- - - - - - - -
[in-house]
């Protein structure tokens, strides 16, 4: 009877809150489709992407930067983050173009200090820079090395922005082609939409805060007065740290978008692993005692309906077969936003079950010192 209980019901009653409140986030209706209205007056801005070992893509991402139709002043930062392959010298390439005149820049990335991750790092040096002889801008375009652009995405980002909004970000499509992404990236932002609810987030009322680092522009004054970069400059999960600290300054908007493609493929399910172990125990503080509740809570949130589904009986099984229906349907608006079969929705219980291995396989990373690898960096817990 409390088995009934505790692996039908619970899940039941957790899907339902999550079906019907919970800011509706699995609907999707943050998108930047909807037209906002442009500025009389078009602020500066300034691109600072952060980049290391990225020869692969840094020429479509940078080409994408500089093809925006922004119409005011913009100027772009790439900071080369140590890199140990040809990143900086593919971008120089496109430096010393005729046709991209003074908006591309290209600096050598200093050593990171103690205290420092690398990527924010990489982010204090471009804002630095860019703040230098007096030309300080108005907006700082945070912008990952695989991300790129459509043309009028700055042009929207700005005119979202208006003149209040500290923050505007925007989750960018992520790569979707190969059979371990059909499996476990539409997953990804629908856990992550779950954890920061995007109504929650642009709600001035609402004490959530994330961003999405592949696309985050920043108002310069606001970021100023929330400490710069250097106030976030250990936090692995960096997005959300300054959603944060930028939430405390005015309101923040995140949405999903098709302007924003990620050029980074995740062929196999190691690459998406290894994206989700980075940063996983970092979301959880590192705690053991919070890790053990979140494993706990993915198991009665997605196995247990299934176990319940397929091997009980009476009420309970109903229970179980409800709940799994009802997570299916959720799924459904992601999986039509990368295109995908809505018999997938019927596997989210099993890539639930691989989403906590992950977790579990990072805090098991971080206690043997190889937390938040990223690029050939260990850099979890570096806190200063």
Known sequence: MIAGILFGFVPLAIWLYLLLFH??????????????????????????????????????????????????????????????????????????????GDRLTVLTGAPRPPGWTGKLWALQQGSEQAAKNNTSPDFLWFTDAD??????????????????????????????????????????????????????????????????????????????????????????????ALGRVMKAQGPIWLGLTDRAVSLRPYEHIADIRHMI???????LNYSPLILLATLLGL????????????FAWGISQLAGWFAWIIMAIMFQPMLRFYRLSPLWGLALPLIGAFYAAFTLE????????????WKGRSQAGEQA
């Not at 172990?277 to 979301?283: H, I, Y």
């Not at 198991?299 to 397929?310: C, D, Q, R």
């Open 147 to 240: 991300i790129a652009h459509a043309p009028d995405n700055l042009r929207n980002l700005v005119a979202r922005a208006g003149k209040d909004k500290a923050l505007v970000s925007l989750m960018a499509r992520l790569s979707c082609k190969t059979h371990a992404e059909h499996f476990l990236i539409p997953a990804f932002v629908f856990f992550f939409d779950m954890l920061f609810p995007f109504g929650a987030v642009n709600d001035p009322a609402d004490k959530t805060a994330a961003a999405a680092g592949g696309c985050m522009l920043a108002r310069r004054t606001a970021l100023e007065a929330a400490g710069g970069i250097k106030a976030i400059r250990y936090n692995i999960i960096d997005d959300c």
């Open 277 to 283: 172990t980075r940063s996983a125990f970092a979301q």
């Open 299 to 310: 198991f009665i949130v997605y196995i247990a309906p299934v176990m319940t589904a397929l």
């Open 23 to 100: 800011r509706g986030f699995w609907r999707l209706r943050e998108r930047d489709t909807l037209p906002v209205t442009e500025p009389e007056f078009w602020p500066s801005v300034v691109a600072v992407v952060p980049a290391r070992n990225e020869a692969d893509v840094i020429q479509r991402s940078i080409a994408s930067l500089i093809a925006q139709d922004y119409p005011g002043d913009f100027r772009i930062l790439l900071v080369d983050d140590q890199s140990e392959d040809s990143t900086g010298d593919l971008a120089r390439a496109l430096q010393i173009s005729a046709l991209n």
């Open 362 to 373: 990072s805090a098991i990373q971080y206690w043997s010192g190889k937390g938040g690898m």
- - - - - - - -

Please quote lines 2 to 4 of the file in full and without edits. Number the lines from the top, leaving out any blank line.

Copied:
């Protein structure tokens, strides 16, 4: 009877809150489709992407930067983050173009200090820079090395922005082609939409805060007065740290978008692993005692309906077969936003079950010192 209980019901009653409140986030209706209205007056801005070992893509991402139709002043930062392959010298390439005149820049990335991750790092040096002889801008375009652009995405980002909004970000499509992404990236932002609810987030009322680092522009004054970069400059999960600290300054908007493609493929399910172990125990503080509740809570949130589904009986099984229906349907608006079969929705219980291995396989990373690898960096817990 409390088995009934505790692996039908619970899940039941957790899907339902999550079906019907919970800011509706699995609907999707943050998108930047909807037209906002442009500025009389078009602020500066300034691109600072952060980049290391990225020869692969840094020429479509940078080409994408500089093809925006922004119409005011913009100027772009790439900071080369140590890199140990040809990143900086593919971008120089496109430096010393005729046709991209003074908006591309290209600096050598200093050593990171103690205290420092690398990527924010990489982010204090471009804002630095860019703040230098007096030309300080108005907006700082945070912008990952695989991300790129459509043309009028700055042009929207700005005119979202208006003149209040500290923050505007925007989750960018992520790569979707190969059979371990059909499996476990539409997953990804629908856990992550779950954890920061995007109504929650642009709600001035609402004490959530994330961003999405592949696309985050920043108002310069606001970021100023929330400490710069250097106030976030250990936090692995960096997005959300300054959603944060930028939430405390005015309101923040995140949405999903098709302007924003990620050029980074995740062929196999190691690459998406290894994206989700980075940063996983970092979301959880590192705690053991919070890790053990979140494993706990993915198991009665997605196995247990299934176990319940397929091997009980009476009420309970109903229970179980409800709940799994009802997570299916959720799924459904992601999986039509990368295109995908809505018999997938019927596997989210099993890539639930691989989403906590992950977790579990990072805090098991971080206690043997190889937390938040990223690029050939260990850099979890570096806190200063």
Known sequence: MIAGILFGFVPLAIWLYLLLFH??????????????????????????????????????????????????????????????????????????????GDRLTVLTGAPRPPGWTGKLWALQQGSEQAAKNNTSPDFLWFTDAD??????????????????????????????????????????????????????????????????????????????????????????????ALGRVMKAQGPIWLGLTDRAVSLRPYEHIADIRHMI???????LNYSPLILLATLLGL????????????FAWGISQLAGWFAWIIMAIMFQPMLRFYRLSPLWGLALPLIGAFYAAFTLE????????????WKGRSQAGEQA
């Not at 172990?277 to 979301?283: H, I, Y």